The French dramatic thriller “Les Cowboys” has a scope and ambition as wide as the open range, but it’s a bumpy journey following a modern-day father’s pained quest to find his missing teenage daughter. Screenwriter Thomas Bidegain, making his feature directorial debut after collaborating on noteworthy screenplays with Jacques Audiard (“A Prophet,” “Dheepan”), is in territory reminiscent of Audiard’s brand of tough emotionalism.
The twisty story calls up John Ford’s “The Searchers” and Paul Schrader‘s “Hardcore,” and touches on the War on Terror while remaining distinctively European in its aesthetics and tone. That’s a hefty set of ingredients to make work, and though Bidegain’s effort has its moments, it never gels into a cohesive, intimate-yet-expansive whole.
Somewhere in a French valley, fans of American-style country music gather for a festival, complete with U.S. flags, live music and line dancing. It’s 1994 as “Les Cowboys” opens on this enthusiastic subculture, which sees Stetson-wearing dad Alain (François Damiens, “The Brand New Testament”) merrily warble “Tennessee Waltz” for a crowd that includes his wife Nicole (Agathe Dronne), son Kid (Maxim Driesen), and 16-year-old daughter Kelly (Iliana Zabeth). When Alain coaxes Kelly to slow dance, the tenderness makes them both smile.
Then suddenly, hours later, she’s nowhere to be found, and a father’s smile turns — and sets — into an obsessive’s narrow-eyed glare as it becomes clearer that Kelly has run off with a secret Muslim boyfriend named Ahmed who may have radicalized her. A brutally effective scene encapsulates Alain’s doomed bullheadedness: Acting on a tip in a nearby town, he finds a little girl in a hidden Muslim trailer enclave wearing the red neckerchief Kelly was last seen wearing and starts yelling at her, only to be chased off by the encampment’s men. Naturally, they’re all gone when he returns with the authorities. Bidegain cuts to Alain’s clenched fist on the bandana, a shot that suggests this may be as close as this steely but self-destructive father ever gets to finding his missing child.
But Bidegain has more to show and tell as the years pass — with each slow fade-out comes a jump forward in time — and this ever-consumed dad ropes the now-grown Kid (Finnegan Oldfield, “Bang Gang”) into the hunt, which spills over into other countries. When 9/11 happens, the movie shifts entirely to Kid, who becomes an aid worker in Pakistan, mostly to deepen the search for Kelly. He crosses paths with a mysterious American from the private sector (a commanding, tersely cynical John C. Reilly), and eventually a widowed Muslim woman (Ellora Torchia), whose plight softens the resolve instilled in him from his father.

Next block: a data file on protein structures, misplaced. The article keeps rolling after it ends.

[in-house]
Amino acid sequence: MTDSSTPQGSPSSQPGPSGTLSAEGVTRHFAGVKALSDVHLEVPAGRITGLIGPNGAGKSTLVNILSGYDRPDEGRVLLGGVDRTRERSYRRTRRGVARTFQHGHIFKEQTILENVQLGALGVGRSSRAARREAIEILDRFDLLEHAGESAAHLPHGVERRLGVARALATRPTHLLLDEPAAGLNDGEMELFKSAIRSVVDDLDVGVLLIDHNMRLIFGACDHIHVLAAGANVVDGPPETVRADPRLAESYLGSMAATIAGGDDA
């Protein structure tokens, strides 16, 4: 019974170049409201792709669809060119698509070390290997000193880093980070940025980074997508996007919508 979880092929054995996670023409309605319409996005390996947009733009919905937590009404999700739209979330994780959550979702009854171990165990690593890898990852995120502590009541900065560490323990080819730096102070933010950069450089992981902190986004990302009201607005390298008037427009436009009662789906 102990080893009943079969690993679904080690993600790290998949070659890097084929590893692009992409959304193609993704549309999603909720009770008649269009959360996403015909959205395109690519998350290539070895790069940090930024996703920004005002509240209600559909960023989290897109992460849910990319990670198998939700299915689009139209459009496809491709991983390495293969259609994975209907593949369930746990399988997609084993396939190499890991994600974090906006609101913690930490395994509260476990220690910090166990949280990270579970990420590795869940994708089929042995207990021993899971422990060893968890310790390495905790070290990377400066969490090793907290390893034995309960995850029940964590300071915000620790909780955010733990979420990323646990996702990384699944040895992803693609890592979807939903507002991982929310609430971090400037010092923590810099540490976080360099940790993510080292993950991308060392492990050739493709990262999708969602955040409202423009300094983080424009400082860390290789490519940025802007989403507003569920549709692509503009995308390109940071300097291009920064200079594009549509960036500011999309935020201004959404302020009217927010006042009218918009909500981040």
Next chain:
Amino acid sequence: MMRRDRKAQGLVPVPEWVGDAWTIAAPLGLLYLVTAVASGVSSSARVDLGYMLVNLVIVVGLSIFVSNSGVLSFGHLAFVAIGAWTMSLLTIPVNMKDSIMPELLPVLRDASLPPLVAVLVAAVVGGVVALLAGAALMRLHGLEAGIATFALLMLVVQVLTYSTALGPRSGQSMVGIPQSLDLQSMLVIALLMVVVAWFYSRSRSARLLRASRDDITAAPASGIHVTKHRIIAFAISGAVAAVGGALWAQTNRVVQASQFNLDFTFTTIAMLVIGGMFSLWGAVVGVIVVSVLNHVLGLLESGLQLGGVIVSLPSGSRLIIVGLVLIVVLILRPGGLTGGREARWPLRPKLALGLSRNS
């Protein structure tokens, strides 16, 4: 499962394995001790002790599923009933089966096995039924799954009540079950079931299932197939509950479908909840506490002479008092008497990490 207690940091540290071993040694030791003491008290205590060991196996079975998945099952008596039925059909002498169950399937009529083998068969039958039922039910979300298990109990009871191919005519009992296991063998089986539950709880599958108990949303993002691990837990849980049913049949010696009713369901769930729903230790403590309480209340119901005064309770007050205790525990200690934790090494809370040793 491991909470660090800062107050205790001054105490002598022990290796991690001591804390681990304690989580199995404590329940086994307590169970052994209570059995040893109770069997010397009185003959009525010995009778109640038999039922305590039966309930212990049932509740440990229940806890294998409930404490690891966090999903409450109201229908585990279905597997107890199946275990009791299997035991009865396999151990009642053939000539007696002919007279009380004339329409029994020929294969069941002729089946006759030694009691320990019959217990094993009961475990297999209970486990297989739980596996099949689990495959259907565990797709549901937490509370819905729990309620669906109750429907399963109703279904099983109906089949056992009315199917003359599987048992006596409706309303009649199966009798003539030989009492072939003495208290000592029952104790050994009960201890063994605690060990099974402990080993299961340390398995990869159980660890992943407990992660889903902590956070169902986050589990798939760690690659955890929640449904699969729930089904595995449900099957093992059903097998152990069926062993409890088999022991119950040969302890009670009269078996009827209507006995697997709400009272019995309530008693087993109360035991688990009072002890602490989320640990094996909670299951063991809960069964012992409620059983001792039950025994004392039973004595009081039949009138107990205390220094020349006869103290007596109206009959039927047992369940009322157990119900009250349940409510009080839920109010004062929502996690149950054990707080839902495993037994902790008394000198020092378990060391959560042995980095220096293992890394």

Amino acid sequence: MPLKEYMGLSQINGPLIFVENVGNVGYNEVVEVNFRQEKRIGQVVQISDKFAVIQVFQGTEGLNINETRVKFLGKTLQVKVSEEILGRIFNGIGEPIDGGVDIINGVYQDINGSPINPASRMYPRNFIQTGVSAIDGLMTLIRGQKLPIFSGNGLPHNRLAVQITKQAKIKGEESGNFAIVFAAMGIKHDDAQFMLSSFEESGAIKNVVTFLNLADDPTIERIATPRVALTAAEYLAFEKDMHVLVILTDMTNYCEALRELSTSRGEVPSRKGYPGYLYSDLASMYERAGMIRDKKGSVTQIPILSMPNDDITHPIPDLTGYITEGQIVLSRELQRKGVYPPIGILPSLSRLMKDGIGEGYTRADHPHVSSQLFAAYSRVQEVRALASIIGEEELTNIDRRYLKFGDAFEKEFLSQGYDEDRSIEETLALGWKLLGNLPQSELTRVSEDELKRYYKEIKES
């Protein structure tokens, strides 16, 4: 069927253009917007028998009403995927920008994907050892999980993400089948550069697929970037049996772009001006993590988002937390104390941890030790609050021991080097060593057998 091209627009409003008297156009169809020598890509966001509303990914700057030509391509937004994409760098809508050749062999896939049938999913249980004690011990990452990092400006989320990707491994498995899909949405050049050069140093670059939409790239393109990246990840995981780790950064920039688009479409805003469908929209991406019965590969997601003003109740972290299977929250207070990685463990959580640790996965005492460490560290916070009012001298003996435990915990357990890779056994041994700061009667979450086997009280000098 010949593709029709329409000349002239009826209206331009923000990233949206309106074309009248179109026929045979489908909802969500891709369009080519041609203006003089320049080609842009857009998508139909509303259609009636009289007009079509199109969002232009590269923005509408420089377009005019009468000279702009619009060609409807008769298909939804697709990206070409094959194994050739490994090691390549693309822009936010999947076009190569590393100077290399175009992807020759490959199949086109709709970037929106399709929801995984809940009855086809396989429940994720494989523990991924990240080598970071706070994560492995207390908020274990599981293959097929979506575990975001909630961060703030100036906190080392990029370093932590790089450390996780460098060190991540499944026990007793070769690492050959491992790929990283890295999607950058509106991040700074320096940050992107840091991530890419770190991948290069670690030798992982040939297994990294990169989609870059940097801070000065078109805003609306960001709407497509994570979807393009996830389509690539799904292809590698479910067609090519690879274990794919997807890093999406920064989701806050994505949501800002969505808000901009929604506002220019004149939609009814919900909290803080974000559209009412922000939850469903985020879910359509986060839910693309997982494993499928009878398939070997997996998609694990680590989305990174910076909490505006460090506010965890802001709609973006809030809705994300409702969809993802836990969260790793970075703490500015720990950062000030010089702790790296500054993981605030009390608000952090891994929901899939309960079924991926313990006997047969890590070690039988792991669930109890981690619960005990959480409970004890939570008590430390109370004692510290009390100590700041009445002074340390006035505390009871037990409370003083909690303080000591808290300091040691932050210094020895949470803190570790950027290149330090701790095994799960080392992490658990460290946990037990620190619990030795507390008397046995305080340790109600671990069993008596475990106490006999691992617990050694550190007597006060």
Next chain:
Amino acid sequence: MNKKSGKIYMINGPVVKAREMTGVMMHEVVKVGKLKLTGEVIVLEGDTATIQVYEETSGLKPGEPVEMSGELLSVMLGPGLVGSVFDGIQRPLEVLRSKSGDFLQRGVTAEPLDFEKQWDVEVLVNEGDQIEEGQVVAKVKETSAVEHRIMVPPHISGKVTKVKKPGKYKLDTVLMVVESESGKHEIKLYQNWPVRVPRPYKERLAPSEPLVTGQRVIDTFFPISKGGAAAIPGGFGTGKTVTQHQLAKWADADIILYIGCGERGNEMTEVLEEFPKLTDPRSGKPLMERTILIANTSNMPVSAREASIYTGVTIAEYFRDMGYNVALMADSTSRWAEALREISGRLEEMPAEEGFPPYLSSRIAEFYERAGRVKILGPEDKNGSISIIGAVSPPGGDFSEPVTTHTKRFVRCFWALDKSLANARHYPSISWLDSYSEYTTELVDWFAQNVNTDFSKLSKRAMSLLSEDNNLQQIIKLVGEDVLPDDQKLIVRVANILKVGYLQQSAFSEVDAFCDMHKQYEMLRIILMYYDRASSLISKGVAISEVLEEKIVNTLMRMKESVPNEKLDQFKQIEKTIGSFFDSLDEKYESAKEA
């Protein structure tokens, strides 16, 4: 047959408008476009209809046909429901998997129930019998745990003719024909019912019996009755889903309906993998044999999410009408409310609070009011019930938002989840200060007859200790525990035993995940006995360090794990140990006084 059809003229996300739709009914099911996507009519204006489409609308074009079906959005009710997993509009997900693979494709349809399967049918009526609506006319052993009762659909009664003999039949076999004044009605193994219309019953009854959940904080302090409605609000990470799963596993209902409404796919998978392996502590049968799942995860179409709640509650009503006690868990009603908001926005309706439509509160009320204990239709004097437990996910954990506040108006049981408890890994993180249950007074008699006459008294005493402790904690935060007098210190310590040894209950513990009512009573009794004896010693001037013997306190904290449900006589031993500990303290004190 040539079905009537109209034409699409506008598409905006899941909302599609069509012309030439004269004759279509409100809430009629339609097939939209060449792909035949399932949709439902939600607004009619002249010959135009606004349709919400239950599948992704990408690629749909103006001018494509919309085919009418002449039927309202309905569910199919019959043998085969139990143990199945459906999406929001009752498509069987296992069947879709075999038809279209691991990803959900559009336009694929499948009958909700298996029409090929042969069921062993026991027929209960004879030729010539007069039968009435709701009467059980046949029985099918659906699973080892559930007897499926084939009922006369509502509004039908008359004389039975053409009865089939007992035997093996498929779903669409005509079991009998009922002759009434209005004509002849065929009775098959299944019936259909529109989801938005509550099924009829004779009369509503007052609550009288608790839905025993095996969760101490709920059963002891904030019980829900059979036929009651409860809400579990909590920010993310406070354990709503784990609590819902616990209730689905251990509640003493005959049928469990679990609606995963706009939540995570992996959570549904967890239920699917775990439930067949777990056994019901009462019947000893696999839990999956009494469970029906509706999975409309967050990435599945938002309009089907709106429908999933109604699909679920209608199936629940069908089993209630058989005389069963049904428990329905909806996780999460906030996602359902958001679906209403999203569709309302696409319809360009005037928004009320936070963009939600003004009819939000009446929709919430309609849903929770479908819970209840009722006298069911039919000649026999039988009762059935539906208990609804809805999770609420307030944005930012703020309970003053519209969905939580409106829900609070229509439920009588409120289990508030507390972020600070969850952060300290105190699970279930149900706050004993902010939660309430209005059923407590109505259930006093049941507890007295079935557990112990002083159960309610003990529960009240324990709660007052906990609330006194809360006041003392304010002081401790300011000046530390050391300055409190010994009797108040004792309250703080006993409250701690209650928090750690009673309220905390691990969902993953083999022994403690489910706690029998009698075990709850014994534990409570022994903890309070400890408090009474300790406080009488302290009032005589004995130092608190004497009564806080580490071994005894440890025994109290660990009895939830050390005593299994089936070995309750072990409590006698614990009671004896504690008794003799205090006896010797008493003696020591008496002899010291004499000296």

“Les Cowboys” is not only split in halves, it also frequently feels like two films smashed together: a chase narrative, and a meditation on how the gap between looking for and finding can become a soul rot. This was also, of course, the hybrid that was “The Searchers,” but Ford was more skillful at merging pulpy narrative and the poisoning vibe emanating from John Wayne‘s racist avenger.
When Bidegain zeroes in on his driven dad, there’s a psychological clarity to “Les Cowboys”: It’s a simple portrait, but it packs an ironic punch. That has a lot to do with Damiens, an actor mostly known for comedy in France. Here, however, he easily embodies a gale force of a man whose love of the western lifestyle gives him a sense of community, but whose corrupting single-mindedness, stoked by xenophobia, threatens the unity of those closest to him.
There’s also power in the visuals, courtesy of cinematographer Arnaud Potier (“5 to 7”), who does a fine job with widescreen images of constriction and independence, whether in confined spaces or surrounded by western or eastern mountains. But as Bidegain’s yarn spins out from a family psychodrama in rural France to a Middle East adventure — complete with a gun showdown and a jail rescue — “Les Cowboys” starts to feel more unwieldy than illuminative.
Plot strands that set up the ruminative final act feel stretched beyond the point of credibility and reasonable motivation, leaving Kid as more of a narrative game piece than a fully formed character. His sense of loss — set up as more nuanced — should build upon the blunt force damage of his father’s. But the story’s forced contortions take center stage in order to maintain tension, although a few well-turned scenes at the end do their best to right the ship.
As uneven as it is, “Les Cowboys” nevertheless shows promise for Bidegain as a filmmaker with complexities on his mind and big territories to explore.